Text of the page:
Property Before Emancipation
Female Owners of Fishing Boats at the Turn of the First World War
The year 1884 was a pivotal time for fishing activities in the Austro-Hungarian Empire. In December of that year, the Ministry of Commerce issued an ordinance that completely reorganized the fishing sector. Among the various provisions, the law decreed that all fishing boats were to be registered in special registers. In those registers, all the salient characteristics of the fishing boats had to be recorded, including type, place and year of construction, tonnage and, finally, the owners’ names.
So, in the registers of the Trieste Maritime District, we find the names of more than a hundred women as owners or co-owners of fishing boats in the period 1885–1923. In particular, more than two-thirds of those fishing vessels pertained to only three localities: Grado (now Italy), Izola and Piran (both of them in Slovenia now).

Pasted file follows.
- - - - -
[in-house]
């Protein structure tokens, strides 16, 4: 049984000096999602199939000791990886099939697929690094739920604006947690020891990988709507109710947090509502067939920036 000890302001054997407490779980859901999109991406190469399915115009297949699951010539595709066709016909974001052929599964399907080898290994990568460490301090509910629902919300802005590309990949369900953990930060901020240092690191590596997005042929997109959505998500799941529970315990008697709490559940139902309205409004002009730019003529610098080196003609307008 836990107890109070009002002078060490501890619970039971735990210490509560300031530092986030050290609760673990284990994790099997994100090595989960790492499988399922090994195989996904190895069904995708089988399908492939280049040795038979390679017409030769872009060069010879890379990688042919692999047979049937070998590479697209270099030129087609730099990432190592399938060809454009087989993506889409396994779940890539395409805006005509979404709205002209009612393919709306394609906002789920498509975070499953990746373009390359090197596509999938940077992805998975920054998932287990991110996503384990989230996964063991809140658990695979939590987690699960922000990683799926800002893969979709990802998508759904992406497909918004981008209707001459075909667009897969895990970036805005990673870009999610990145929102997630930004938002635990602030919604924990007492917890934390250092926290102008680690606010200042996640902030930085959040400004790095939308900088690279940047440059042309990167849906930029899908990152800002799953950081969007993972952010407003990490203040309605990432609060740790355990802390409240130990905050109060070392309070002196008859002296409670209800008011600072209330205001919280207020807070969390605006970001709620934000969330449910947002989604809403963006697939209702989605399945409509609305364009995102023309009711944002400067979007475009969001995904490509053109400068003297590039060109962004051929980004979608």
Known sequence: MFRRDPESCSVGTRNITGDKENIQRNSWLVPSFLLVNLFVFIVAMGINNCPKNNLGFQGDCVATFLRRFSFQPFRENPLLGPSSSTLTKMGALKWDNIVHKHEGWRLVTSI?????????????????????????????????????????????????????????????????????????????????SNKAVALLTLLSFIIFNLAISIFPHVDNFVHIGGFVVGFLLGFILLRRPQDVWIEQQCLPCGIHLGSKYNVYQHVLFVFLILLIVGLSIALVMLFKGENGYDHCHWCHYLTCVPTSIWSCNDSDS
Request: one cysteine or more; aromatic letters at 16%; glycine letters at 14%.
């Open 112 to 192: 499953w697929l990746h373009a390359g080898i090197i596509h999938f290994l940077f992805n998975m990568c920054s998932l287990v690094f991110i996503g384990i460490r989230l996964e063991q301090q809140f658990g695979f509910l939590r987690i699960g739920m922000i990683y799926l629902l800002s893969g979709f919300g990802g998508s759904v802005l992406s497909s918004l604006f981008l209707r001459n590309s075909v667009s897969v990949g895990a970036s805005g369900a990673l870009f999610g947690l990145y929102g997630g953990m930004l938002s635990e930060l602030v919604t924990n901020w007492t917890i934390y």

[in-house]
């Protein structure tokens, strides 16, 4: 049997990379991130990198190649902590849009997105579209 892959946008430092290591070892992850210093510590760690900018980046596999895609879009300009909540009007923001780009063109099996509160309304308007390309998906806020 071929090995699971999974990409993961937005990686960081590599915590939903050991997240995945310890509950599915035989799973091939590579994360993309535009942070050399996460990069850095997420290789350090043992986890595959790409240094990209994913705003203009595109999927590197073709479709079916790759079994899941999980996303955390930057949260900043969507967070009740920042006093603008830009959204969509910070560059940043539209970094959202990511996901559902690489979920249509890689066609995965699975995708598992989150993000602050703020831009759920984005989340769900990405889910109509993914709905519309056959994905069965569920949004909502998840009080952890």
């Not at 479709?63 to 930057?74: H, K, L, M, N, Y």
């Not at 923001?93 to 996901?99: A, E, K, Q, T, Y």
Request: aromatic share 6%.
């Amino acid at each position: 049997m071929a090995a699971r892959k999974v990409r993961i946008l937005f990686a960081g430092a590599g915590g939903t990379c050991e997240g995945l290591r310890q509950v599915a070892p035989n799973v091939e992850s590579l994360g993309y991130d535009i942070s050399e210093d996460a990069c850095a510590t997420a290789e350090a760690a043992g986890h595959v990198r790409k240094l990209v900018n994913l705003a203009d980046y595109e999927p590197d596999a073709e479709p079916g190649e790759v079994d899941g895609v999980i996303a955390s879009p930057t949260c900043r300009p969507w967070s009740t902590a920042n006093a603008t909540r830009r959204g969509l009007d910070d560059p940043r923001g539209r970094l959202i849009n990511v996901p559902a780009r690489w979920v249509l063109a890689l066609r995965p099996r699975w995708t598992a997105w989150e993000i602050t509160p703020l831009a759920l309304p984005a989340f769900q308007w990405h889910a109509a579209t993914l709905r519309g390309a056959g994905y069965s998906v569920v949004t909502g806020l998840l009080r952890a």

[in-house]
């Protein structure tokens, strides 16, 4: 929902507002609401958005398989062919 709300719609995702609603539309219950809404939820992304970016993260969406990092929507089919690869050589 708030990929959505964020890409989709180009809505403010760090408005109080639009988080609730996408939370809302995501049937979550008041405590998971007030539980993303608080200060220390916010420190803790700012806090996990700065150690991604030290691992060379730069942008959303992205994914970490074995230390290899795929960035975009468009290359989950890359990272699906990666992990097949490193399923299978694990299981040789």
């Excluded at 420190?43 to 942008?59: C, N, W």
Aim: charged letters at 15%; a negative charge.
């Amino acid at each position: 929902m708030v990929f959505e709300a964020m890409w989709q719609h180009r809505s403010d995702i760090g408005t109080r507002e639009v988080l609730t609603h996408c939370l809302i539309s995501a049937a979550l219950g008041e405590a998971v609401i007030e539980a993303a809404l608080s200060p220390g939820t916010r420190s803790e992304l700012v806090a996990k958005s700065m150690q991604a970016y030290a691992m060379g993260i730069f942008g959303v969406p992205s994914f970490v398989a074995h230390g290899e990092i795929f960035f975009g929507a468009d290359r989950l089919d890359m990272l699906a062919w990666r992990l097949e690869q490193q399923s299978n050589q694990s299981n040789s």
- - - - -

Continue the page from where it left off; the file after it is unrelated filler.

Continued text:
As for the property question, it is important to note that Austro-Hungarian legislation offered women a certain degree of autonomy, especially concerning matters of a patrimonial nature: in fact, women could enter into contracts, dispose of their property, and stand up for themselves in court.
Types of Boats
Certificate of Ownership
As already mentioned, the ordinance of 1884 required fishing boats to be registered in special registers. The owners were issued with a certificate of ownership (Certificato di registro), which contained all the information about the boat and the owner.
A Border Area
A topic such as fishery also forces us to ask ourselves how we have exploited the natural resources at our disposal, and what our impact has been on the territory where we live.
Methods used along the coasts of the Trieste’s Maritime Compartment for catching fish, crustaceans, and molluscs in 1925. In that year the Trieste’s Maritime Compartment extended from Grado (now Italy) to Rovinj (currently in Croatia).